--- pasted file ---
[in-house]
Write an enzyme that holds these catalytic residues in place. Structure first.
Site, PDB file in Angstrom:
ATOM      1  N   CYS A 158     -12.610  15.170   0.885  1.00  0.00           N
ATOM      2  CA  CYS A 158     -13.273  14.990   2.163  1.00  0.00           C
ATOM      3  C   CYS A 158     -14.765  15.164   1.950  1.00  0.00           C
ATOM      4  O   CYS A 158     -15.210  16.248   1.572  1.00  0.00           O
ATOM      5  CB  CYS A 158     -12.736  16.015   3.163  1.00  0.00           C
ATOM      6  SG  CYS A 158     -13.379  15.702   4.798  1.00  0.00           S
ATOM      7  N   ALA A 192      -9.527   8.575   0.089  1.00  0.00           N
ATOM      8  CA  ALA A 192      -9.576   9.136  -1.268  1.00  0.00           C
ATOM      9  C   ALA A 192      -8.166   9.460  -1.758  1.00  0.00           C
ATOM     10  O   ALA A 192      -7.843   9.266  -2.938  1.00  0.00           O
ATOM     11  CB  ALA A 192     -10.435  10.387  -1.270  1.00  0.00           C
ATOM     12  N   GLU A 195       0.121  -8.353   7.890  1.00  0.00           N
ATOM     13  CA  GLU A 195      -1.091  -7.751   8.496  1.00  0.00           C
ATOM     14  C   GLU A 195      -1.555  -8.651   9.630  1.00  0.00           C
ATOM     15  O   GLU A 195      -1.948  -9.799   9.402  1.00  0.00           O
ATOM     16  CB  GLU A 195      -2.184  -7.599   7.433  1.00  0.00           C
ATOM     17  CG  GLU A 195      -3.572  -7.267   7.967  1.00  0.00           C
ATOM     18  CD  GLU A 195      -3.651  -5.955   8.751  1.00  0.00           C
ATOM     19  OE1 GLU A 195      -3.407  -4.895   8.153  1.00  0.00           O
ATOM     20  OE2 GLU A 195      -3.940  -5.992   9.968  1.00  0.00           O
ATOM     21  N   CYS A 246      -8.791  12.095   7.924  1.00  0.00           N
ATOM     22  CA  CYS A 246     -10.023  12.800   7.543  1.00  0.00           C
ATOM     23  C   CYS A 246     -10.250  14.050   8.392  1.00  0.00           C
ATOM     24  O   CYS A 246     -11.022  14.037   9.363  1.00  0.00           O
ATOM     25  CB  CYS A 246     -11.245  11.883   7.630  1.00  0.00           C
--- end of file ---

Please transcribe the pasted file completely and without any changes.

[in-house]
Write an enzyme that holds these catalytic residues in place. Structure first.
Site, PDB file in Angstrom:
ATOM      1  N   CYS A 158     -12.610  15.170   0.885  1.00  0.00           N
ATOM      2  CA  CYS A 158     -13.273  14.990   2.163  1.00  0.00           C
ATOM      3  C   CYS A 158     -14.765  15.164   1.950  1.00  0.00           C
ATOM      4  O   CYS A 158     -15.210  16.248   1.572  1.00  0.00           O
ATOM      5  CB  CYS A 158     -12.736  16.015   3.163  1.00  0.00           C
ATOM      6  SG  CYS A 158     -13.379  15.702   4.798  1.00  0.00           S
ATOM      7  N   ALA A 192      -9.527   8.575   0.089  1.00  0.00           N
ATOM      8  CA  ALA A 192      -9.576   9.136  -1.268  1.00  0.00           C
ATOM      9  C   ALA A 192      -8.166   9.460  -1.758  1.00  0.00           C
ATOM     10  O   ALA A 192      -7.843   9.266  -2.938  1.00  0.00           O
ATOM     11  CB  ALA A 192     -10.435  10.387  -1.270  1.00  0.00           C
ATOM     12  N   GLU A 195       0.121  -8.353   7.890  1.00  0.00           N
ATOM     13  CA  GLU A 195      -1.091  -7.751   8.496  1.00  0.00           C
ATOM     14  C   GLU A 195      -1.555  -8.651   9.630  1.00  0.00           C
ATOM     15  O   GLU A 195      -1.948  -9.799   9.402  1.00  0.00           O
ATOM     16  CB  GLU A 195      -2.184  -7.599   7.433  1.00  0.00           C
ATOM     17  CG  GLU A 195      -3.572  -7.267   7.967  1.00  0.00           C
ATOM     18  CD  GLU A 195      -3.651  -5.955   8.751  1.00  0.00           C
ATOM     19  OE1 GLU A 195      -3.407  -4.895   8.153  1.00  0.00           O
ATOM     20  OE2 GLU A 195      -3.940  -5.992   9.968  1.00  0.00           O
ATOM     21  N   CYS A 246      -8.791  12.095   7.924  1.00  0.00           N
ATOM     22  CA  CYS A 246     -10.023  12.800   7.543  1.00  0.00           C
ATOM     23  C   CYS A 246     -10.250  14.050   8.392  1.00  0.00           C
ATOM     24  O   CYS A 246     -11.022  14.037   9.363  1.00  0.00           O
ATOM     25  CB  CYS A 246     -11.245  11.883   7.630  1.00  0.00           C